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I got an error: redeclaration of enumerator message when I compile my codes, please kindly see the code below from my foo.h header file,

//foo.h

struct FG
{
   enum
   {
      black = 1,
      red   = 2,
      green = 3
   };
};

struct BG
{
   enum
   {
      black = 1,
      red   = 2,
      green = 3
   };
};

My question is, why I am getting the enumerator redeclaration? my enums are in the different structs, so I can use the following,

BG::black
FB::black

Please advise.

EDIT: here is the exact error

/home/sasayins/foobar/foo.h:10: error: redeclaration of enumerator ‘black’
/home/sasayins/foobar/foo.h:3: note: previous definition of ‘black’ was here
share|improve this question
1  
Are you sure you're not including the header file twice? –  Travis Gockel Oct 12 '10 at 2:15
    
There is nothing wrong with this code. What, exactly, is the compiler error? Is your header file included more than once? Does it have proper inclusion guards? –  James McNellis Oct 12 '10 at 2:16
    
yes, and I do have the inclusion guard. –  domlao Oct 12 '10 at 2:16
    
edited, I added the exact error message. –  domlao Oct 12 '10 at 2:19
2  
Are you by any chance using a C compiler instead of a C++ compiler? A C compiler would be obliged to complain as shown. –  Jonathan Leffler Oct 12 '10 at 2:21

1 Answer 1

up vote 3 down vote accepted

As noted in the comments, if you are using a C compiler instead of a C++ compiler to compile the code, then you will inevitably get the errors shown. The code is only valid in C++, so you must use a C++ compiler to compile it.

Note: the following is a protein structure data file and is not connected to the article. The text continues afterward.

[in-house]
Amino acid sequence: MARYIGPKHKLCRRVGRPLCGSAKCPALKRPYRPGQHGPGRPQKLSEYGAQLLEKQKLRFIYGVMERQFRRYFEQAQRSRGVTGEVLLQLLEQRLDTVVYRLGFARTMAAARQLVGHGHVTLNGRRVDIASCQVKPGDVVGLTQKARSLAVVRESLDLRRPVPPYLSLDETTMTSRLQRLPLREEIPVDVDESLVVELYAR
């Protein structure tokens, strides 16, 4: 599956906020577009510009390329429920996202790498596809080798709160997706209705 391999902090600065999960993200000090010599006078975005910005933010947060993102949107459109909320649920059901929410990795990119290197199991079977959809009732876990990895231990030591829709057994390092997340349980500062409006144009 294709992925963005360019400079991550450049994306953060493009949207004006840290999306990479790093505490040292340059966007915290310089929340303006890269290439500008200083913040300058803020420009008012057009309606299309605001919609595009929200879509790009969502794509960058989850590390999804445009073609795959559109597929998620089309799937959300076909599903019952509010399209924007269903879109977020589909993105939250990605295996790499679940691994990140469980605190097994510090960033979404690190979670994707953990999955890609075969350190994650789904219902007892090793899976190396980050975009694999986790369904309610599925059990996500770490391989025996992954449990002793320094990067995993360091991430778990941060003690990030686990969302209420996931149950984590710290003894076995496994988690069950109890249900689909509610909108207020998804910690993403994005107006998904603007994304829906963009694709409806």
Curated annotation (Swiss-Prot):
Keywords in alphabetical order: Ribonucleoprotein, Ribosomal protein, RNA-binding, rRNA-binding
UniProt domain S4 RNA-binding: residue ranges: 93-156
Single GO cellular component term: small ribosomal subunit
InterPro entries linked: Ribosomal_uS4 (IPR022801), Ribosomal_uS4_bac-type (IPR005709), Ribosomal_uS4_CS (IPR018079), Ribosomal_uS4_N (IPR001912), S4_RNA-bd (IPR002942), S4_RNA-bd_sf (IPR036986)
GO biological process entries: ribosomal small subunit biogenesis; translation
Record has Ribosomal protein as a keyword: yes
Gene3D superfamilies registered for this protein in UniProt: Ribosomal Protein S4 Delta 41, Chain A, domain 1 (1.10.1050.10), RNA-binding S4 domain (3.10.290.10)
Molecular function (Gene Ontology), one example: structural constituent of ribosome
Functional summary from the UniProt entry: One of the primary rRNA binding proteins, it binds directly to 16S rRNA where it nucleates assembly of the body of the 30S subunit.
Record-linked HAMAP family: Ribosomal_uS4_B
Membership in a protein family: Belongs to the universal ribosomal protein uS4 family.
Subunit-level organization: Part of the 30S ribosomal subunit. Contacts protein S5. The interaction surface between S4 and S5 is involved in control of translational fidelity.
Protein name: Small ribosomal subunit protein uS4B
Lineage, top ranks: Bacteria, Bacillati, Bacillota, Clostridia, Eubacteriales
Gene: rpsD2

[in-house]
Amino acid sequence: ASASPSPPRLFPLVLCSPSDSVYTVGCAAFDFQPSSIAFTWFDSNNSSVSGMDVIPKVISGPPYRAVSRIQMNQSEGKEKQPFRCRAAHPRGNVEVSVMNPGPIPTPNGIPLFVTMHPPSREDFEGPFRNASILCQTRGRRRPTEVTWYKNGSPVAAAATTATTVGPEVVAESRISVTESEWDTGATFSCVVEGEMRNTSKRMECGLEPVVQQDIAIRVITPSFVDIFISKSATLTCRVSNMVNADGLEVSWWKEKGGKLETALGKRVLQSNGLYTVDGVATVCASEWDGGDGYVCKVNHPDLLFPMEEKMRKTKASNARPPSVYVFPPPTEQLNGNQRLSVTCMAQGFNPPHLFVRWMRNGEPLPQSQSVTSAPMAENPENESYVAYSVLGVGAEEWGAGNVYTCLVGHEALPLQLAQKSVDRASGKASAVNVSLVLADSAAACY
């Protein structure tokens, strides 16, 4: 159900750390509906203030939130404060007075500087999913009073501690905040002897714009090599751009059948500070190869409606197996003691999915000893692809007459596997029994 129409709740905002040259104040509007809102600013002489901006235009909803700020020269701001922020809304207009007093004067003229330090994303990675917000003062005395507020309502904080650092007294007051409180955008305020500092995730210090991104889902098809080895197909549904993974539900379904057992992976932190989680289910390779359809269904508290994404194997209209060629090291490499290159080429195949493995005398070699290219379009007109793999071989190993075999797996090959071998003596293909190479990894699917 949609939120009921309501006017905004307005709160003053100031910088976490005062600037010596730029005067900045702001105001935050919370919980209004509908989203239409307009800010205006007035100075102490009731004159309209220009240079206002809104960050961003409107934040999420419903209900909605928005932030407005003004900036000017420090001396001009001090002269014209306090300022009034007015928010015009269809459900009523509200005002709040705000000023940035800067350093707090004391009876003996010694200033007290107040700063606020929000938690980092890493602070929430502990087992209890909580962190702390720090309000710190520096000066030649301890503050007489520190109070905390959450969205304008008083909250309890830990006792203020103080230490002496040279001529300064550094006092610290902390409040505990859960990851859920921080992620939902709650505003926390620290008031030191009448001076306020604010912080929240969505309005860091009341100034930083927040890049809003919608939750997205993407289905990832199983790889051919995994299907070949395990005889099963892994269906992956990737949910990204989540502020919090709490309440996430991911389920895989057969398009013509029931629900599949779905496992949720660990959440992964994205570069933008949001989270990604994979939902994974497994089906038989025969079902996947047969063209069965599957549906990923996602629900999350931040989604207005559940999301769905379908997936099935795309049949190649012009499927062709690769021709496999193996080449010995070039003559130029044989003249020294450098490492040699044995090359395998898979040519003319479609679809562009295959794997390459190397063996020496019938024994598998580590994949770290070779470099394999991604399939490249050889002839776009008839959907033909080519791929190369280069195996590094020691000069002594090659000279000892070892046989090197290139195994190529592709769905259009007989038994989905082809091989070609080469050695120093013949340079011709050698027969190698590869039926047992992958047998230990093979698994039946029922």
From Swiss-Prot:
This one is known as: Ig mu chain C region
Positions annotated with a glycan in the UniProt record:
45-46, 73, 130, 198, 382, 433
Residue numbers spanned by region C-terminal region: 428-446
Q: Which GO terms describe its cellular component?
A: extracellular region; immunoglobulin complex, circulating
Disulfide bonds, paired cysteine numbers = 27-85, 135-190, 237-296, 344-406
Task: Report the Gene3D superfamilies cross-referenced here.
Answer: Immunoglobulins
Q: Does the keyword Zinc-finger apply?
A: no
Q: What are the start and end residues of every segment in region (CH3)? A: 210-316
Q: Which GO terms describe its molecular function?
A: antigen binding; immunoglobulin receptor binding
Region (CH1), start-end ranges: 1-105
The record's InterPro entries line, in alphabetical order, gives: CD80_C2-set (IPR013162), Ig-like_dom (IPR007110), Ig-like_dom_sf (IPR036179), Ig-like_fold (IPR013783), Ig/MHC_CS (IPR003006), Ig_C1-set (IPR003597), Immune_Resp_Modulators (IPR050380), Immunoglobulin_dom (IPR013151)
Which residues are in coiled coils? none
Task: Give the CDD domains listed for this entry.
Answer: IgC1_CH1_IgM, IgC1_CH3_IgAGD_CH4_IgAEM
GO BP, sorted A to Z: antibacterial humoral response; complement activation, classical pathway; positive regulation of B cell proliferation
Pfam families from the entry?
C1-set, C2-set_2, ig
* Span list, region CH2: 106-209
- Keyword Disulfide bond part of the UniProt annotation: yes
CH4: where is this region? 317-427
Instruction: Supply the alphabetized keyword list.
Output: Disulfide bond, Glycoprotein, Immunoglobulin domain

Further, if you are using a C compiler, you would not be able to use the qualified names like 'FG::black' or 'BG::black' to disambiguate the names; C does not recognize double-colon as a valid symbol.


From the comments below:

Actually the problem is in another file; my C file includes the header file, which is the header contains a C++ code file, so that is the cause of the problem. So my header file (foo.h) contains a valid code. Could you suggest a structure for C header file?

If you need your header foo.h to be bilingual in C and C++, you will probably do best with a single enumeration, losing the need for the 'FG::black' and 'BG::black' qualifiers altogether:

#ifndef FOO_H_INCLUDED
#define FOO_H_INCLUDED

typedef enum Colour
{
    black = 1,
    red   = 2,
    green = 3
} Colour;

typedef struct FG
{
    ...
    Colour  shade;
    ...
} FG;

typedef struct BG
{
    ...
    Colour  shade;
    ...
} BG;

#endif // FOO_H_INCLUDED

Note that the typedefs are needed to allow C code to refer to 'BG', 'FG' and 'Colour' without a prefix 'struct' or 'enum'; pure C++ would not need those typedefs at all. However, you are writing bilingual code and occasionally you have to write in a way that seems slightly stilted in one or the other language.

share|improve this answer
    
thanks, it seems I am having a problem in my makefile. –  domlao Oct 12 '10 at 2:39
1  
@sasayins: then maybe you should show the makefile? Or the compilation command? What is the extension on your C++ source file? Using .cpp or .cxx or .C is conventional, but the latter (.C) could be confused with .c on a case-insensitive file system. –  Jonathan Leffler Oct 12 '10 at 2:43
    
Thanks a lot. Actually the problem is in another file, my C file includes the header file, which is the header contains a C++ code file, so that is the cause of the problem. So my header file(foo.h) contains a valid code. Could you suggest a structure for C header file? thanks –  domlao Oct 12 '10 at 3:05
    
That is great. Thanks! –  domlao Oct 12 '10 at 3:40

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